Car wars

As I was cleaning the kitchen yesterday I looked out the window and saw a man in our yard taking a picture of the back of our car. Strange. When I went out to investigate he told me that there had been a complaint. He is from the township and dropped by to check things out. Somebody had called the local authorities because they assumed that our blue 1999 Dodge Neon had been abandoned. First of all, who abandons a car in their own driveway?! Wouldn’t I have to leave it on the side of the road somewhere or ditch it in the wilderness? Secondly, the car is fully insured and up to date with registration.

There is no problem with wanting to keep the neighborhood to a certain standard. Cars up on cinder blocks with dogs living in them isn’t the kind of place I want this to be. But, the only evidence of the car being abandoned is the fact that I haven’t driven it in a few months. It’s at the far end of our driveway at the back part of our home about 100 feet from the street where people driving by can’t see it unless they’re trying to. We’ve been using my father-in-laws car while he’s out of the country, so why use the beater if we don’t have to? Okay, there’s the side mirror that somebody broke for us that is hanging down because I don’t want to fix it until I have to.  It’s a cash flow thing while I’m not fully employed. We live in a great neighborhood, so the mirror thing was a bit of a shocker.

The man from the town understood and even seemed a little dismissive of the complaint. Maybe it was an act for my benefit, or so that he wouldn’t have to deal with an irate resident. I wouldn’t want his job. He was soon on his way.

You know what would have been better? It would have been great if the person concerned about the car acted like a neighbor and had come to inform me of the town ordinance (or whatever they call it) forbidding abandoned cars. They may have learned about our temporary situation, or even have saved us from a potentially embarrassing situation with the town. Of course, the identity of the complainer wasn’t revealed, so I’m left wondering who would have done this. It’s all good now, but a certain amount of paranoia had set in and I don’t think my reaction was peculiar among the human race.

Jesus knew what he was doing when he set out a process for complaints in the church: “If your brother or sister sins, go and point out their fault, just between the two of you. If they listen to you, you have won them over. (Matthew 18:15, NIV)” Looks can be deceiving. What may look like a sin may have an explanation. Or, maybe you can help dissolve a situation and save someone embarrassment. That should be the difference between our Christian communities and communities not based on authentic relationships.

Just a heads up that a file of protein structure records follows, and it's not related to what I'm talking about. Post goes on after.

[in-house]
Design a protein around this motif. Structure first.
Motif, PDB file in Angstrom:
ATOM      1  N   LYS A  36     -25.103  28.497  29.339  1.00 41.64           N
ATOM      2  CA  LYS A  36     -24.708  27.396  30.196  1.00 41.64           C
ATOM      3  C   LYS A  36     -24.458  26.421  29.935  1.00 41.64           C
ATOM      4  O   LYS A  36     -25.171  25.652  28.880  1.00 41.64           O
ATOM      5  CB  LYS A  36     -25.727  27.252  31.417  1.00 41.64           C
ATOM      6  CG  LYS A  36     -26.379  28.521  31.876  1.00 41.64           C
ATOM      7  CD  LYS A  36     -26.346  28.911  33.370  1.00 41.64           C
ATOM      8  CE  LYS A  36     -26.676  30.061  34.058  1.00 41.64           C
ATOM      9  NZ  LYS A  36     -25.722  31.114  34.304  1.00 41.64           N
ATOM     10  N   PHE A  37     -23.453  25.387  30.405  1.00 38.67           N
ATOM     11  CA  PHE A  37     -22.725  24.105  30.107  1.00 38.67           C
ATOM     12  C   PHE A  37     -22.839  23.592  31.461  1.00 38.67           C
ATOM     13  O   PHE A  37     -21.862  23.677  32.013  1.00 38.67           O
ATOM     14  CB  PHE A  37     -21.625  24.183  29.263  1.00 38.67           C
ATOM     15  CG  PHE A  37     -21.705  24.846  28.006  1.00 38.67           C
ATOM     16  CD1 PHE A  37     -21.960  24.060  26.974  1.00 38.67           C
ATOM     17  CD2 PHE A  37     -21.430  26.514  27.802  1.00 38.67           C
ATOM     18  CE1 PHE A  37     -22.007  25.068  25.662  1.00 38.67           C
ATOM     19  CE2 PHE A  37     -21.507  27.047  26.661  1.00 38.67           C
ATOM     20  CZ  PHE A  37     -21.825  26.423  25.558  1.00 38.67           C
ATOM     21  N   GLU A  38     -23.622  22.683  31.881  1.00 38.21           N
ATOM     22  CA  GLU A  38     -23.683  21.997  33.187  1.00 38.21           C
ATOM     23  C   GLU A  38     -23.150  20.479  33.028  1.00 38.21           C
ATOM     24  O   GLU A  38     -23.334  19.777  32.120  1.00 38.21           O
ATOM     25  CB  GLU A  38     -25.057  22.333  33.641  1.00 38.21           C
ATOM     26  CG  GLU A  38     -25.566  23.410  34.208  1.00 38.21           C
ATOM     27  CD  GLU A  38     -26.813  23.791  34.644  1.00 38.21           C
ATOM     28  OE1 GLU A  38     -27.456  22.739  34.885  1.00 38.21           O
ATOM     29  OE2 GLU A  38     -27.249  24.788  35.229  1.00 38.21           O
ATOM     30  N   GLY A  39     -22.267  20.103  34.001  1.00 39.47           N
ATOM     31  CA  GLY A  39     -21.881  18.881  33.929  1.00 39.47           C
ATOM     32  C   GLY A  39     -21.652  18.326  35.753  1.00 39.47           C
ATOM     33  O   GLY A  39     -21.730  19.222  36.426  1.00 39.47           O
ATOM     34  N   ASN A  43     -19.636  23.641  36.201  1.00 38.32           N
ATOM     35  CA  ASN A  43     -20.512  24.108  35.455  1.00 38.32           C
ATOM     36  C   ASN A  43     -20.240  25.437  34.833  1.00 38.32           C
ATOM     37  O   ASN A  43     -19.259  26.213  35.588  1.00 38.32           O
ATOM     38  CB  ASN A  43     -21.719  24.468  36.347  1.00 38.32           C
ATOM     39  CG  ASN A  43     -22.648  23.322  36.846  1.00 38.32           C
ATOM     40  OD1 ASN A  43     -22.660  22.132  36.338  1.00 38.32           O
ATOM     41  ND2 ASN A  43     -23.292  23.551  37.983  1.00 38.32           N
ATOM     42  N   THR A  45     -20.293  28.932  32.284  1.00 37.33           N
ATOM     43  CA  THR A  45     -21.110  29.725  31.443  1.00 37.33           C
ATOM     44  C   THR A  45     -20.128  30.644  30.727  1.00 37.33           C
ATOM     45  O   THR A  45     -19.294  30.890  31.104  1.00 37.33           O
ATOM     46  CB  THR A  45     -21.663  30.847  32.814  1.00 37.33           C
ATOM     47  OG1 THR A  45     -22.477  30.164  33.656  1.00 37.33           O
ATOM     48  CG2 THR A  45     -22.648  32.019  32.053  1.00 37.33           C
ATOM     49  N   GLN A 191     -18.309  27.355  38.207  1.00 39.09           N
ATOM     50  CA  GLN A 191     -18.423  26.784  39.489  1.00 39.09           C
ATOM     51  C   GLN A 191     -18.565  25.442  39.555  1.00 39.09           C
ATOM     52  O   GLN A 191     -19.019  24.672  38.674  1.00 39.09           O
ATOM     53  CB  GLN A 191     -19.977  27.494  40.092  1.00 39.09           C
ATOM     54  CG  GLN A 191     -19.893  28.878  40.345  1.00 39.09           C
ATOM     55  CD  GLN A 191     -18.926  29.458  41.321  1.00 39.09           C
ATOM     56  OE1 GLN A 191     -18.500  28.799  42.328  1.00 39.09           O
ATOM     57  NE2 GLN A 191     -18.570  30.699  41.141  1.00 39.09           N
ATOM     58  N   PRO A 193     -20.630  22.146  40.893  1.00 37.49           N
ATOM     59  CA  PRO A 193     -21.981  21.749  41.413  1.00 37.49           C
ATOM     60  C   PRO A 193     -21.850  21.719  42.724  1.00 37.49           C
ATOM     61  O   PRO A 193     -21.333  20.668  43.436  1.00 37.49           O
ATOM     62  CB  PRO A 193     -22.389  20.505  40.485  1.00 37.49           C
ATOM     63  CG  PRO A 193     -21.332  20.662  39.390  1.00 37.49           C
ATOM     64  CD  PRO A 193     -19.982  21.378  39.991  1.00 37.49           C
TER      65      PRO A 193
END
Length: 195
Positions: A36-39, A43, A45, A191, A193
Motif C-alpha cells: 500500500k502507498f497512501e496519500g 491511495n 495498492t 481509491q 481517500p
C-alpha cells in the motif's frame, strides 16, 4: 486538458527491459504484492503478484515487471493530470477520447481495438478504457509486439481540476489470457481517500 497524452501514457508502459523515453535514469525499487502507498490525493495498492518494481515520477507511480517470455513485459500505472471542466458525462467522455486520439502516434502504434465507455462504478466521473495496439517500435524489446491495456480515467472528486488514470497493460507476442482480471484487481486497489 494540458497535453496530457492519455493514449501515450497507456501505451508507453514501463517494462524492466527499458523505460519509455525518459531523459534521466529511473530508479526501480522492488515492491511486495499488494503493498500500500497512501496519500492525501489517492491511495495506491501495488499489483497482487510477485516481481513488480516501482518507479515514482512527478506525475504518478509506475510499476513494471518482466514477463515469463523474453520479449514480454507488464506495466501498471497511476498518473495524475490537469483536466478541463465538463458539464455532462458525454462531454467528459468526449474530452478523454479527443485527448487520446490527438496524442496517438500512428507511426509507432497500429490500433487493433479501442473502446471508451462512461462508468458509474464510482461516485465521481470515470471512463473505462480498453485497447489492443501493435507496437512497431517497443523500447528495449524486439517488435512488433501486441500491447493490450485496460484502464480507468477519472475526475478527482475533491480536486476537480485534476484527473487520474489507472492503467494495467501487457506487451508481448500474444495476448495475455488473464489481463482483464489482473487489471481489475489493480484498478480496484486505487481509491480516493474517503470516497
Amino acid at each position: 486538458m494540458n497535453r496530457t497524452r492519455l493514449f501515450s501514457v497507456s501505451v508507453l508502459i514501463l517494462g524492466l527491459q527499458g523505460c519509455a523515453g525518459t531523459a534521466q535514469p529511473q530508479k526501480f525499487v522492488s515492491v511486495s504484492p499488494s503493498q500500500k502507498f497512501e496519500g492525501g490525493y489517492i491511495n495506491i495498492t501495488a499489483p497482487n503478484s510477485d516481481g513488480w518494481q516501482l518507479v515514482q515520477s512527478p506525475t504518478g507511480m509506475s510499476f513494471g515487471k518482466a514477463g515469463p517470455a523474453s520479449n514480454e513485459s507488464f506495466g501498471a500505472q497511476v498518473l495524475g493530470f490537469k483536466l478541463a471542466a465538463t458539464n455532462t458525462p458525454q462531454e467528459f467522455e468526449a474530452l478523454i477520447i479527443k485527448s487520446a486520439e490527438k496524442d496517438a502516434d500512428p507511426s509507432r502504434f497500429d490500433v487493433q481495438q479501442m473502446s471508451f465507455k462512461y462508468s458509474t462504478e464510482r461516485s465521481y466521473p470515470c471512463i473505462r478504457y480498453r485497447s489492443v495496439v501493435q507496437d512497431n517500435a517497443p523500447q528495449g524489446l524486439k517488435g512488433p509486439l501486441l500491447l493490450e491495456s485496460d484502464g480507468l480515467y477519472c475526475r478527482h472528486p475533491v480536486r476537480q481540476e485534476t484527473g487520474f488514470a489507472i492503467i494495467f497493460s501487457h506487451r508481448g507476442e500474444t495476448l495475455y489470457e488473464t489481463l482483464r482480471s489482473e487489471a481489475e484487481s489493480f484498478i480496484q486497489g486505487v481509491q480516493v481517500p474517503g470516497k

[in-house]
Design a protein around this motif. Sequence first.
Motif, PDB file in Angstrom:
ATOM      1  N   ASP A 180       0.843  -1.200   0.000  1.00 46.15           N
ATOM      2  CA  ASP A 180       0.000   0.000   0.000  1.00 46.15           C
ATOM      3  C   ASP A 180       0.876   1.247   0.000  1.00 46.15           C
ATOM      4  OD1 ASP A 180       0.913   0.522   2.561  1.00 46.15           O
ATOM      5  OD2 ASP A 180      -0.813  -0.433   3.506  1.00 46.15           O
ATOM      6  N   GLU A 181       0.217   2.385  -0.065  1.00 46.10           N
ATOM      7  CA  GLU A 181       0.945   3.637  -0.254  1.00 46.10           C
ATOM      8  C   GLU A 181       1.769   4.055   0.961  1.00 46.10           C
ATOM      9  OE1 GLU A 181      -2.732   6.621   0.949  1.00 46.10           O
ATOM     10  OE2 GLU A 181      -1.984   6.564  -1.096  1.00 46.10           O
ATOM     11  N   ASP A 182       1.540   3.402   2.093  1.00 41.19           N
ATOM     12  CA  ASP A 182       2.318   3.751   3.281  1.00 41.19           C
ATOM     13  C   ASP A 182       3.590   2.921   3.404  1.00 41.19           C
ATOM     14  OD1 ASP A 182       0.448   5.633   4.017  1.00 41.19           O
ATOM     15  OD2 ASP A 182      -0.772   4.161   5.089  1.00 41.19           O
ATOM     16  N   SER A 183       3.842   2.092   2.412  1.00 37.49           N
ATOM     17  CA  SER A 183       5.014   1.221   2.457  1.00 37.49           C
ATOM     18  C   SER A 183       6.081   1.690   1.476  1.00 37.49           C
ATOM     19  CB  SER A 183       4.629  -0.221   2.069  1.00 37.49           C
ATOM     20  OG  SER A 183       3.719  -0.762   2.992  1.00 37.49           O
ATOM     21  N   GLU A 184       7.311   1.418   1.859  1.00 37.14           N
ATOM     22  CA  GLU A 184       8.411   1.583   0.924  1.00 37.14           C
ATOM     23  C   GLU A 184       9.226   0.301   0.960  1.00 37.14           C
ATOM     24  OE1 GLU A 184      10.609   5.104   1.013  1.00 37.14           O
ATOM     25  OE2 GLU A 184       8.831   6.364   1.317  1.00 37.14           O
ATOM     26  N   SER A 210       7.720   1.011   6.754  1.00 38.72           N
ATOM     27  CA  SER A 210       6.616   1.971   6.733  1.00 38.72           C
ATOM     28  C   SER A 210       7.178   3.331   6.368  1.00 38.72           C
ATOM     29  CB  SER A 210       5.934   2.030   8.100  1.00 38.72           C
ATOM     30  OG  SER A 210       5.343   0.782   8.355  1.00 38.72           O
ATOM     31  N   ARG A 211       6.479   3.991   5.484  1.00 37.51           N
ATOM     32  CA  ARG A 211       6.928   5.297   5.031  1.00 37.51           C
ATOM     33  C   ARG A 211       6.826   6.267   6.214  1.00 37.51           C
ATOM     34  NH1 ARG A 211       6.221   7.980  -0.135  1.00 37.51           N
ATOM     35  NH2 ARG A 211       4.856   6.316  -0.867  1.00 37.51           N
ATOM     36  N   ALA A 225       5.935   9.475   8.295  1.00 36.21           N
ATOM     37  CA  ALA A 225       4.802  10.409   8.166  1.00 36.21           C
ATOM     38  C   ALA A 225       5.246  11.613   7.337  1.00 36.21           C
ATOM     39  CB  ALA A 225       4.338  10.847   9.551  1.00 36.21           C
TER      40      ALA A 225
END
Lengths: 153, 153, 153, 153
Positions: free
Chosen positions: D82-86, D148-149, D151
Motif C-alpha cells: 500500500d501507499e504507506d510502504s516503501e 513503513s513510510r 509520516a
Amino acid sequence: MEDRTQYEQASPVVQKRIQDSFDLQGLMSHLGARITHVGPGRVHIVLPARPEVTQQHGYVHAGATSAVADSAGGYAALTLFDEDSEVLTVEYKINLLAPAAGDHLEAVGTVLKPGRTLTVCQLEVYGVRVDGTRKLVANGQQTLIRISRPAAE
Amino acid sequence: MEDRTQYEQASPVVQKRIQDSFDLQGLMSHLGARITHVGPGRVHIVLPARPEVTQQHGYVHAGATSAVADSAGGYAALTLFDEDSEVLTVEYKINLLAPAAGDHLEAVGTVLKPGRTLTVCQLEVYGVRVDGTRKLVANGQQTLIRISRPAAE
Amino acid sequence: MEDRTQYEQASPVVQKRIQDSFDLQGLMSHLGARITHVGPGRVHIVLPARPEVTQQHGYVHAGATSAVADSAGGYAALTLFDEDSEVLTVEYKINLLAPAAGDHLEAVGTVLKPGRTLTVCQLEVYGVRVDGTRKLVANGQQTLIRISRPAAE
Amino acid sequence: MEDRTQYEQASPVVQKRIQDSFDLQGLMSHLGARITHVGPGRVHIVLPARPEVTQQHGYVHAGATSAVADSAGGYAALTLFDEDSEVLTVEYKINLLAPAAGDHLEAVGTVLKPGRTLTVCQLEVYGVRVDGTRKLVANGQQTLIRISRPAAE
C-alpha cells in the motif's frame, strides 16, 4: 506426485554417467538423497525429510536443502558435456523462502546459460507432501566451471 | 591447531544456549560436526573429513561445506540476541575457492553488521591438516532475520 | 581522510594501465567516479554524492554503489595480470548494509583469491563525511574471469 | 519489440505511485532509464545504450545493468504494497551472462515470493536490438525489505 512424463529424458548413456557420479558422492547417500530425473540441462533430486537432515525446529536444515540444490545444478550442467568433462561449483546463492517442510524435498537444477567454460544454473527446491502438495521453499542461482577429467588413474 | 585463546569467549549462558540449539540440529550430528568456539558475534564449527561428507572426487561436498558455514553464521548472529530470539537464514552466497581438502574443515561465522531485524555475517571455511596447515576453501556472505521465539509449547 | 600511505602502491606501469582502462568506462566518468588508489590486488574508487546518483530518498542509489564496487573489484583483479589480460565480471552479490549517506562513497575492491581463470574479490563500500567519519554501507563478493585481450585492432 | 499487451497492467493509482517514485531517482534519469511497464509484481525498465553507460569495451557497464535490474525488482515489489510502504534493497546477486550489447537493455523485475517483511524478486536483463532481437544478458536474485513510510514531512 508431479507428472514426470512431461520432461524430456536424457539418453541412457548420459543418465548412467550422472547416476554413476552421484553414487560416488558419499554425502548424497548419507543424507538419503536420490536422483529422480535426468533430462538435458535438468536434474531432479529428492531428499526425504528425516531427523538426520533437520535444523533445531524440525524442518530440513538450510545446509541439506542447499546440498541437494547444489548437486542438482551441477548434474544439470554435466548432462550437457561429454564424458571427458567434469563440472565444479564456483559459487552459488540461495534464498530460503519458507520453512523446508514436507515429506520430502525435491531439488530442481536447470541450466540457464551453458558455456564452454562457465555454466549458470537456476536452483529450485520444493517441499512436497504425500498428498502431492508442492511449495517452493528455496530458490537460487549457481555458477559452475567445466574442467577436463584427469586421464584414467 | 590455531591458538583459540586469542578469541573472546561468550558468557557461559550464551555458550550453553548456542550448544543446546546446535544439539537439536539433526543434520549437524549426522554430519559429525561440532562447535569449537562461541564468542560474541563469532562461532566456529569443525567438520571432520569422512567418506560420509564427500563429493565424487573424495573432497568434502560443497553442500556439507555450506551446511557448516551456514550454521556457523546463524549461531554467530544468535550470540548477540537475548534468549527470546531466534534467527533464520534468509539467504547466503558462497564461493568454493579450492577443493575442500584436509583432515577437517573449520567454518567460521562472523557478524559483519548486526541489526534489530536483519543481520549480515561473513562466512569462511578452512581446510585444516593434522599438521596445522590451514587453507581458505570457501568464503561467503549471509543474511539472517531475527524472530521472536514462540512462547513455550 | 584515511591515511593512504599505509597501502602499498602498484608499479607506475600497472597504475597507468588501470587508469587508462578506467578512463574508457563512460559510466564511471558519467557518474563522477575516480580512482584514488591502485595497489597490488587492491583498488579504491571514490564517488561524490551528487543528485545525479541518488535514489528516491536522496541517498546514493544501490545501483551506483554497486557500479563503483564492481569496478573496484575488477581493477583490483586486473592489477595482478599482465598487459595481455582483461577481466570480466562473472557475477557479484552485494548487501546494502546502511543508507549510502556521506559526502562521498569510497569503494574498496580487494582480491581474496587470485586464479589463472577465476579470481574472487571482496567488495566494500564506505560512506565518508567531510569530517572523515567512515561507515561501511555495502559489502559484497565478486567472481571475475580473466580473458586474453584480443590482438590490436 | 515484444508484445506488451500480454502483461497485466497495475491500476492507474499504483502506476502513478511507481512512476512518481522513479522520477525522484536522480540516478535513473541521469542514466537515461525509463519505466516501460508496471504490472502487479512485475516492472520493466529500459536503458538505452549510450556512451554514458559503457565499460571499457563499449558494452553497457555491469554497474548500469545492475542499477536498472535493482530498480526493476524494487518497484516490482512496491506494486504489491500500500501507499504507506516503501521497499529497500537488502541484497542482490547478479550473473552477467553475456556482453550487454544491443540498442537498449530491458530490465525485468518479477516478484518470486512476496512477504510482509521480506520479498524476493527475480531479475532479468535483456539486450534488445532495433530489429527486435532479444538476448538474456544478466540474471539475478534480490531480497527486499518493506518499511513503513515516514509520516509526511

If a neighbor had chatted with me an brought up the car I would not have been offended. In fact, bringing up info about the towns view of abandoned cars would have given me insight on what it looked like and I would have thanked him or her. I imagine there are those in the church who feel the same.


13 thoughts on “Car wars

  1. I’m like a broken record with this ideal. For the life of me I can’t figure out why Christian people cannot just be honest enough to tell one another when they are hurt, offended, afraid, or unsure about something within a relationship. Most people just avoid, gossip, dislike and hold grudges against those who don’t even know they’ve done anything wrong. It’s one of the worst plagues the American church suffers from…the unwillingness to be honest, transparent and work through that which isn’t always comfortable. Thanks for the post!

      • Good point, Frank. But,in my experience, we do tend to be more easily offended than our cousins across the pond. Maybe not so much in churches though? (Lori, Frank is my father-in-law who lives in England).

    • I gotta admit, it isn’t easy for me at times either. It’s crazy to think we spend so much emotional energy on conflicts that wouldn’t exist if we had the courage to talk to each other. Thanks, Lori.

    • Well said! I’m realizing more and more that open honesty makes life a lot simpler! When we keep our hurts, fears and offenses to ourselves instead of being honest about them, we end up with bitterness, grudges and assumptions that usually turn out to be false. Honesty isn’t always comfortable, but it sure beats living with misconceptions, misunderstandings and unnecessary hurts. Some of the biggest life dramas could be avoided if we would all communicate more honesty with one another.

  2. It seems quite absurd to me that a car parked in your driveway would be cause for abandonment concern! Seems like someone in the neighborhood is keeping a close eye on your comings and goings! I would find that creepy, myself.

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